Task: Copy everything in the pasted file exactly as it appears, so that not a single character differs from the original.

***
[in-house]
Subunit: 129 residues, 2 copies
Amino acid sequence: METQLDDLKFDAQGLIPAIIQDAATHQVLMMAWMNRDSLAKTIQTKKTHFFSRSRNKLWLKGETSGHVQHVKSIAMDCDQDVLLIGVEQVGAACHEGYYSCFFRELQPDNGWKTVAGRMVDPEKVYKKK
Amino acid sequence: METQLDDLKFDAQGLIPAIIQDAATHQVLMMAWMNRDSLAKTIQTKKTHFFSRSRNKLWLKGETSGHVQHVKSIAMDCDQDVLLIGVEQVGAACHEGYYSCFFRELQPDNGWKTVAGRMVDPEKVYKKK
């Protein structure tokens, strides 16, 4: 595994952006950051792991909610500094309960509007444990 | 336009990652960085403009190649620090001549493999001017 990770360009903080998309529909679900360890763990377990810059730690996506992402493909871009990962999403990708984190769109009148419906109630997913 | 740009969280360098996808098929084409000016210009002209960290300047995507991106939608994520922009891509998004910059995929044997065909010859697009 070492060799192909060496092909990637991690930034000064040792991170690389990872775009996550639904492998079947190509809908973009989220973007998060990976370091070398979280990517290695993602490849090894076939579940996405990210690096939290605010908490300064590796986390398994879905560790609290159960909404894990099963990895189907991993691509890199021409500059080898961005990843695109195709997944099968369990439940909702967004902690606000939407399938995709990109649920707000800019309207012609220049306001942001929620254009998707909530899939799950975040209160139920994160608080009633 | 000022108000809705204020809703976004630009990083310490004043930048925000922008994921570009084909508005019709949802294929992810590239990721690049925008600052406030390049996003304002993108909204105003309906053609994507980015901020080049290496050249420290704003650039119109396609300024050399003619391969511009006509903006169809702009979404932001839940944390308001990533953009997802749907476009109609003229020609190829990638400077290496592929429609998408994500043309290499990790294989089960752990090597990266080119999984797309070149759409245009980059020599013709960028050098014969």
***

[in-house]
Subunit: 129 residues, 2 copies
Amino acid sequence: METQLDDLKFDAQGLIPAIIQDAATHQVLMMAWMNRDSLAKTIQTKKTHFFSRSRNKLWLKGETSGHVQHVKSIAMDCDQDVLLIGVEQVGAACHEGYYSCFFRELQPDNGWKTVAGRMVDPEKVYKKK
Amino acid sequence: METQLDDLKFDAQGLIPAIIQDAATHQVLMMAWMNRDSLAKTIQTKKTHFFSRSRNKLWLKGETSGHVQHVKSIAMDCDQDVLLIGVEQVGAACHEGYYSCFFRELQPDNGWKTVAGRMVDPEKVYKKK
């Protein structure tokens, strides 16, 4: 595994952006950051792991909610500094309960509007444990 | 336009990652960085403009190649620090001549493999001017 990770360009903080998309529909679900360890763990377990810059730690996506992402493909871009990962999403990708984190769109009148419906109630997913 | 740009969280360098996808098929084409000016210009002209960290300047995507991106939608994520922009891509998004910059995929044997065909010859697009 070492060799192909060496092909990637991690930034000064040792991170690389990872775009996550639904492998079947190509809908973009989220973007998060990976370091070398979280990517290695993602490849090894076939579940996405990210690096939290605010908490300064590796986390398994879905560790609290159960909404894990099963990895189907991993691509890199021409500059080898961005990843695109195709997944099968369990439940909702967004902690606000939407399938995709990109649920707000800019309207012609220049306001942001929620254009998707909530899939799950975040209160139920994160608080009633 | 000022108000809705204020809703976004630009990083310490004043930048925000922008994921570009084909508005019709949802294929992810590239990721690049925008600052406030390049996003304002993108909204105003309906053609994507980015901020080049290496050249420290704003650039119109396609300024050399003619391969511009006509903006169809702009979404932001839940944390308001990533953009997802749907476009109609003229020609190829990638400077290496592929429609998408994500043309290499990790294989089960752990090597990266080119999984797309070149759409245009980059020599013709960028050098014969």